Seeing that people were actually into my music was huge encouragement to keep writing and producing. It was also a sort of confirmation. I knew I was capable of doing things myself and I knew that I had a vision and [I was] able to produce on my own. But I think to witness people liking the music and then realize that I was doing all of this on my own is what confirmed that I wanted to be involved with this thing. It would feel weird not to be involved with the creative process at this point, so having those EPs under my belt is that reminder that I can do this. It’s cool to get help but I tell myself, ‘I have a voice in this.’ It sounds funny but it’s easy to forget that you can steer your own ship.
Many people don’t know this but your dad is of Jamaican and Puerto Rican descent. So as a nod to your Handmade EP, what’s the last ethnic dish you made from scratch?
I haven’t made these myself, but my favorite thing that my grandmother from Puerto Rico makes the best platanos [plaintains]. Then chicken and rice dishes, too. You’re making me want to go there right now [Laughs.] I really do need to learn how to make more ethnic foods, though. It’s hard when you’re on the road.
Do you have any Jamaican or Puerto Rican icons that inspire what you do?
Reggae is definitely a natural influence. Even living in Southern California, near the water, you get that reggae feel. We would just be out on the water on a boat listening to it so I’m all over the place.
How was performing with the iconic Smokey Robinson at the BET Awards? Were you nervous?
I was actually more than a little nervous. Leading up to the show, I was more nervous because I really wanted to learn the song and get it right. It wasn’t like I was going up there to perform my own song where I can just wing it. I was honoring a legend. In a way, it was like honoring two legends because it was by the Jackson 5, so I really wanted to do a good job and remember the words. Once I got on the stage, though, I felt really at ease. Smokey was sitting right in the front, too, and he’s just the sweetest person with the most kind eyes. I felt really good after that, and getting to sing with him was amazing.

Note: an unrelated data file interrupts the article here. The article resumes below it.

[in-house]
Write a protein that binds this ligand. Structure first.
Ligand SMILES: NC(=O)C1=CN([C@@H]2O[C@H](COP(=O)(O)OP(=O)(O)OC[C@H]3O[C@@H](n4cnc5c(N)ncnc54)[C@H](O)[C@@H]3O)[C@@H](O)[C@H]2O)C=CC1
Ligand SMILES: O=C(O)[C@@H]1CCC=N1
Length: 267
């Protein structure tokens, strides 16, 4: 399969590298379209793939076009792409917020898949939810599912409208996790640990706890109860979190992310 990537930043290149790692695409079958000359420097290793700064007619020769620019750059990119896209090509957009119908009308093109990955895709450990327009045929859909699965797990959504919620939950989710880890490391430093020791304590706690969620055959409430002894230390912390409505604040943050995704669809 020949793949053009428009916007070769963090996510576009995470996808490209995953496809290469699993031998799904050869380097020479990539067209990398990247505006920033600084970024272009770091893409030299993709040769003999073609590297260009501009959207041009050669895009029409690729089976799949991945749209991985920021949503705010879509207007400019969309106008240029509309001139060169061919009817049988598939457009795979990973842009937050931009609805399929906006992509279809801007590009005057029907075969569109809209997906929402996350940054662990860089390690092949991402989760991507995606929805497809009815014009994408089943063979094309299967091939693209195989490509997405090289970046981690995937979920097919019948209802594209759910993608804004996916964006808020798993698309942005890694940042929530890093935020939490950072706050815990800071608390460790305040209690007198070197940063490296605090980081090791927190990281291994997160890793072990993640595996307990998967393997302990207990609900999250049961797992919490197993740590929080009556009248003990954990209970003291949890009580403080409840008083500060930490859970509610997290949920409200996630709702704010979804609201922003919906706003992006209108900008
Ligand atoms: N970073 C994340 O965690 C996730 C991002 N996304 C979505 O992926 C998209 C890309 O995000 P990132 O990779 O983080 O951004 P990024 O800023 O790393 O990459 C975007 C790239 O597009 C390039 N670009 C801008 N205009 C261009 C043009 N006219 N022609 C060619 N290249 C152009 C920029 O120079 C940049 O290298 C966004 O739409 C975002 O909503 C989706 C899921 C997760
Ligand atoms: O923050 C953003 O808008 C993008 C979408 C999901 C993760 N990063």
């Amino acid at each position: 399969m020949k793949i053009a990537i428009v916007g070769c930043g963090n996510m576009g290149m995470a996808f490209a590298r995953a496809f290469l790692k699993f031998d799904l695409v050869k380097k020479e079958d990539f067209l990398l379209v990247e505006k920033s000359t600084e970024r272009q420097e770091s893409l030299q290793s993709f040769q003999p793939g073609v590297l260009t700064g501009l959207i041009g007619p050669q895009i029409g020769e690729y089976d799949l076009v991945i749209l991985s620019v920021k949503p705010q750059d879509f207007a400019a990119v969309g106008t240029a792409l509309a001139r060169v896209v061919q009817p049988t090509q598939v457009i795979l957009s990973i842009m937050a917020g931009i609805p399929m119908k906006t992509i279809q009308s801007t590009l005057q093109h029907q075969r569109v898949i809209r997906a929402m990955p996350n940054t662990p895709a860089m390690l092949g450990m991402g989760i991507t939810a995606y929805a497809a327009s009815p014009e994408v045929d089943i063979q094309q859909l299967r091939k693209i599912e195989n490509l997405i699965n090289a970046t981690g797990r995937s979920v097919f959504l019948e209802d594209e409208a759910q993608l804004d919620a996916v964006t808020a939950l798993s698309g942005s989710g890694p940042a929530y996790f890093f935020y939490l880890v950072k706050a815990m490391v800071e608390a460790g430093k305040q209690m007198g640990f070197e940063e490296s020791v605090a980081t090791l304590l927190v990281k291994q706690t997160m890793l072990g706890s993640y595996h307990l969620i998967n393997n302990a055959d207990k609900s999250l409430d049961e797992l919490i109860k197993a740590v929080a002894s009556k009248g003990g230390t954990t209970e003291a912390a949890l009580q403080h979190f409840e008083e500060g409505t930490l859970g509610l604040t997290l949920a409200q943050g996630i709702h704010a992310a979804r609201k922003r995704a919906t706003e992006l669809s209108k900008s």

Where did the idea to tap the 90s R&B flow for “Should’ve Been Us” come from?
I’m a ’90s kid so I went into the entire album process wanting to incorporate little touches of that sound from hip-hop and R&B. Just enough to where you hear it subtly and then go, ‘This kind of reminds me of that time.’ We weren’t really inspired by specific artists, but I think once the song came out someone told me it reminded them of a TLC song.
Lastly, any solo tours or collaborations in the works?
As for touring, I want to do as many shows as I can this year. I really want to get out and promote the album. I’m going overseas because the album is dropping there soon. There aren’t any official dates just yet, but I will be doing a lot of shows here in the U.S. For collaborations, I’m really just focused on the album. It would be cool to perform the song I have with Ed Sheeran on the album live, but I’m waiting for the perfect moment to give that one away.